Discover When Hummingbirds Are Set to Emerge in Mississippi (and Where They’ve Been)

Written by Alanna Davis
Published: March 2, 2024
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Flowers blossoming, insects emerging, and birds returning north are among the first signs of spring. One of these birds is the beautiful hummingbird, which is seldom seen outside of the summertime. But why is this, and when will they come back? Let’s discuss why hummingbirds migrate and when locals can expect to see them back in Mississippi this spring.

Hummingbird Migration: a Brief Overview 

Male Ruby-throated Hummingbird looking for a feeder

Many hummingbirds don’t survive migration as this process can be very physically taxing.

©CarolinaBirdman/iStock via Getty Images

Even though some species of hummingbirds don’t migrate, such as Anna’s hummingbird, a majority of them do. In fact, it’s quite rare to see a hummingbird outside of the summer months in many places across North America. According to the American Bird Conservancy, “The majority of North American hummingbirds fly to Mexico or Central America for the winter. While these journeys aren’t as long as those made by South America-bound warblers, they are impressive nonetheless, especially considering the diminutive size of hummingbirds. The ruby-throated hummingbird, for example, weighs little more than a penny, but it can make the 500-mile journey across the Gulf of Mexico in less than a day.”

This is even more impressive still when you consider how much hummingbirds must eat to stay alive. These tiny birds burn through calories quickly, and many need to eat every three to five hours to meet their minimum intake needs. Because of this, a journey like migration can be very grueling physically and mentally for hummingbirds. It’s a very impressive feat that they accomplish each year!

Hummingbirds In Mississippi

There are quite a few hummingbirds that live in Mississippi or pass through during their yearly migration. One of the longest-term residents is the ruby-throated hummingbird, who stays in this state for the entire summer. After the days begin to grow shorter, they’ll eventually head down to Mexico for the winter. Some residents might be able to catch a glimpse of a rufous hummingbird, but this will likely only happen during periods of migration as they are not typical residents in Mississippi. Other rare hummingbirds include the calliope hummingbird and black-chinned hummingbird.

Why Do Hummingbirds Migrate?

Rainbow Hummer in Flight - Photograph of a Ruby Throated Hummingbird in flight silhouetted against a setting sun and golden sky. Sunlight shows iridescent colors in the feathers.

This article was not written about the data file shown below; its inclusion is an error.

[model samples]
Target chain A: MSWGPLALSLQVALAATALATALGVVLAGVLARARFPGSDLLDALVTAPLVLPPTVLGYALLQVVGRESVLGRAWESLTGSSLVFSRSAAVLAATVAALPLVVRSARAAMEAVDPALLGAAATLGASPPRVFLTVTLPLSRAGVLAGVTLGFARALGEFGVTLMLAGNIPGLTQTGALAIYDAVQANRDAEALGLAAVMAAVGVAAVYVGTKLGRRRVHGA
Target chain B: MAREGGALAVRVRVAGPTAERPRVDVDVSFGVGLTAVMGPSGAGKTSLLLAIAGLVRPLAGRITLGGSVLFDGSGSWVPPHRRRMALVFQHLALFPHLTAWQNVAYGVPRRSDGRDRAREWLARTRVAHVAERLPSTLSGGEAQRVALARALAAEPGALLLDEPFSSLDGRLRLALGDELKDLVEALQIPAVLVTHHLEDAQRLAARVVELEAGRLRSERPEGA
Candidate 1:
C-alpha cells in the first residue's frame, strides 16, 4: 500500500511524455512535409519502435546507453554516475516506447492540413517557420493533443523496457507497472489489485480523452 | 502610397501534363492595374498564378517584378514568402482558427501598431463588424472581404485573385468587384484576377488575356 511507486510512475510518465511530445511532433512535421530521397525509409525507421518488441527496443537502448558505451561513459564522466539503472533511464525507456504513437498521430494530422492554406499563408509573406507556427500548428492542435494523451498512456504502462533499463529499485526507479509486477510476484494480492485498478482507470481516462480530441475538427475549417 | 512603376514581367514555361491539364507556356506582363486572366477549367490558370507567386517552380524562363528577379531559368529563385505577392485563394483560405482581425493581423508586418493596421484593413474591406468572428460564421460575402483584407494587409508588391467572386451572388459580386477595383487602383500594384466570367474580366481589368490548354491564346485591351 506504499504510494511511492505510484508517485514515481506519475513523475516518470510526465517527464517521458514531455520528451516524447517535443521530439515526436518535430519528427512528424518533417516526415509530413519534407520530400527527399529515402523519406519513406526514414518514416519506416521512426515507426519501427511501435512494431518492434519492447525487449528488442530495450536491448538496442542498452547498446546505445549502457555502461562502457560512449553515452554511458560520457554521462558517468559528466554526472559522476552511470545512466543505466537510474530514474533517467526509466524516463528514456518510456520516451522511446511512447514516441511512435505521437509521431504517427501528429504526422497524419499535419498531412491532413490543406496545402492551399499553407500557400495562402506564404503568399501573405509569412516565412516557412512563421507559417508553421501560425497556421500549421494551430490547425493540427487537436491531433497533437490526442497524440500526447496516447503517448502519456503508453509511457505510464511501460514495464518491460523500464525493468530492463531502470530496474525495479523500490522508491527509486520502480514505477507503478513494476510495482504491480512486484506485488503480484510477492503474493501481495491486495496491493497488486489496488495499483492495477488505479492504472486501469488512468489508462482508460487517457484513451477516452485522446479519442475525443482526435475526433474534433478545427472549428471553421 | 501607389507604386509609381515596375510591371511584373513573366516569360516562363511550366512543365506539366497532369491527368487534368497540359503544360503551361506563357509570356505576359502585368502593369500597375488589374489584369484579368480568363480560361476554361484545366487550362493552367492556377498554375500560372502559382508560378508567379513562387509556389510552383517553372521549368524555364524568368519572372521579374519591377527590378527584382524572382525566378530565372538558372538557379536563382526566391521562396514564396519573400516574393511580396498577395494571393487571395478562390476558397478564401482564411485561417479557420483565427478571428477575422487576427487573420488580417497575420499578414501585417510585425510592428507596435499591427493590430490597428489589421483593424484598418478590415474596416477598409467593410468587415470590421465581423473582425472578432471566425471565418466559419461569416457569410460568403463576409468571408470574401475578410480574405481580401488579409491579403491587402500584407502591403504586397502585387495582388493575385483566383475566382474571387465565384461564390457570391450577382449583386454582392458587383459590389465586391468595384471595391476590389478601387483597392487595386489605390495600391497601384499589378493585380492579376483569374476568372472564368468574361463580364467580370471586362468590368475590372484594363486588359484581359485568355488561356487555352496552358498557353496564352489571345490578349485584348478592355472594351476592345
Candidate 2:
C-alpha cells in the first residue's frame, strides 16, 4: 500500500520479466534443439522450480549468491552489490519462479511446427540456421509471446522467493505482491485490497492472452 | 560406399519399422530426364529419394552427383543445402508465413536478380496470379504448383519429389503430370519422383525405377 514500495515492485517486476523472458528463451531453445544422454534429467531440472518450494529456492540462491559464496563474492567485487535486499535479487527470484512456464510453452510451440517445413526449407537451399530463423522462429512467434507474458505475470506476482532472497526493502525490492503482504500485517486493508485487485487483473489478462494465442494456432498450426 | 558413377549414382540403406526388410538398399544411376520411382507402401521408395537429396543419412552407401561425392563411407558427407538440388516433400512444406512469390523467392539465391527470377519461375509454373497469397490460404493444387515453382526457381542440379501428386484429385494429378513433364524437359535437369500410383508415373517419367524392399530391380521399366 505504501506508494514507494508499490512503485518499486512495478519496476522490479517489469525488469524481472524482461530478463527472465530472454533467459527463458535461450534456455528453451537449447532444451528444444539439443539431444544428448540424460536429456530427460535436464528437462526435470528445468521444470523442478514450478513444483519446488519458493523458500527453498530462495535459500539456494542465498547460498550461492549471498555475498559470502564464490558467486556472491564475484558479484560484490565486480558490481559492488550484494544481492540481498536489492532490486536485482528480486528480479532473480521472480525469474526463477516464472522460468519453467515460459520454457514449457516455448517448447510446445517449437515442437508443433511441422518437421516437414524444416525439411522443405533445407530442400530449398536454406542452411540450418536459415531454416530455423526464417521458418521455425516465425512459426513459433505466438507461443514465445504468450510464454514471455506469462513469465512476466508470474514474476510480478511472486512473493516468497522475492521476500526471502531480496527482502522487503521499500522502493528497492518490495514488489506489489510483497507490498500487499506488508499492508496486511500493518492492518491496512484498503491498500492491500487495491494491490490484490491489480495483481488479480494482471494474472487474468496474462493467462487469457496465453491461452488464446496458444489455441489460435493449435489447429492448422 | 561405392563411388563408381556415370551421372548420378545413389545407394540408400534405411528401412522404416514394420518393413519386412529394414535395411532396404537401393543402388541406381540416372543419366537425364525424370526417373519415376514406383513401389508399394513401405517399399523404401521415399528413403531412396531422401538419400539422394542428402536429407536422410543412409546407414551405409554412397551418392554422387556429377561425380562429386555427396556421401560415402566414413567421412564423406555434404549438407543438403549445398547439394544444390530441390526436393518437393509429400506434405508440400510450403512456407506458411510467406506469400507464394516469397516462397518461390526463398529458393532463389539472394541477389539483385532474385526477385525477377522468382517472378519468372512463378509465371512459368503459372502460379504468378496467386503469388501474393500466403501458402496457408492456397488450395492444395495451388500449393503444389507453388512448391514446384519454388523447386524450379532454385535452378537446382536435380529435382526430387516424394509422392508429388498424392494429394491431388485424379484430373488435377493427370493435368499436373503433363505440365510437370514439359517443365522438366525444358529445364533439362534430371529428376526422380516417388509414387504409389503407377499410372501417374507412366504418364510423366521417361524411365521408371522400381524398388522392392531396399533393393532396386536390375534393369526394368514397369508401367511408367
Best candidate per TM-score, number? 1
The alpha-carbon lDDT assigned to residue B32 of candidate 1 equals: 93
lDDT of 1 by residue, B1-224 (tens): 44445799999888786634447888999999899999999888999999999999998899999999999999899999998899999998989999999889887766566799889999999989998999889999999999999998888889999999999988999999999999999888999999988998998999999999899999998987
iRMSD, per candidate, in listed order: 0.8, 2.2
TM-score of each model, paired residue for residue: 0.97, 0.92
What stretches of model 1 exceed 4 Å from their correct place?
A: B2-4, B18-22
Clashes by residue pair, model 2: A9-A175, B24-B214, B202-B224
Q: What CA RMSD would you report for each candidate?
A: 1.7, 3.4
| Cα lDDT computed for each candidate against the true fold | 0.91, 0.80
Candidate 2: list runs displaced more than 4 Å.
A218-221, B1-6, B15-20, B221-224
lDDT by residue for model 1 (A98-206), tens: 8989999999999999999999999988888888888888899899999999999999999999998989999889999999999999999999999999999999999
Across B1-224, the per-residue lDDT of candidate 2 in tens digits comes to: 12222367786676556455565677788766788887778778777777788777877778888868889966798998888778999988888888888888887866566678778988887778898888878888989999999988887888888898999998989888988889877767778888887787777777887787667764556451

Inclement weather can impede hummingbird migration.

©Ramona Edwards/

Many people believe that the main driving force behind many bird migrations is access to food and resources. However, this is not the case. By the time birds migrate, resources are still plentiful in many of their locations. The key indicator that it’s time to go is the loss of daylight hours. This usually happens during the fall, somewhere between October and November. When daylight hours increase around February and March, they’ll return north once more. By now, you might be wondering why some birds don’t migrate. The answer to this is simple: their main resources necessary for sustaining life aren’t as scarcely found. Hummingbirds primarily rely on flower nectar and insects while other birds might eat berries, nuts, and seeds. Nonmigratory birds are able to find food even in the cold, barren winter months whereas most hummingbirds aren’t as capable. 

Final Thoughts

While hummingbirds might be tiny, they sure are mighty. Their migratory journey is taxing, and many of these birds will make the journey somewhere between three and five times during their life. The best we can do is help them on their way, so if you feel inclined, set out a hummingbird feeder to help them along the way!

The photo featured at the top of this post is © CarolinaBirdman/iStock via Getty Images

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About the Author

Alanna is a writer at A-Z Animals primarily covering insects, animals, and travel. In addition to writing, she spends her time tutoring English and exploring the east end of Long Island. Prior to receiving her Bachelor's in Economics from Stony Brook University, Alanna spent much of her time studying entomology and insect biology.

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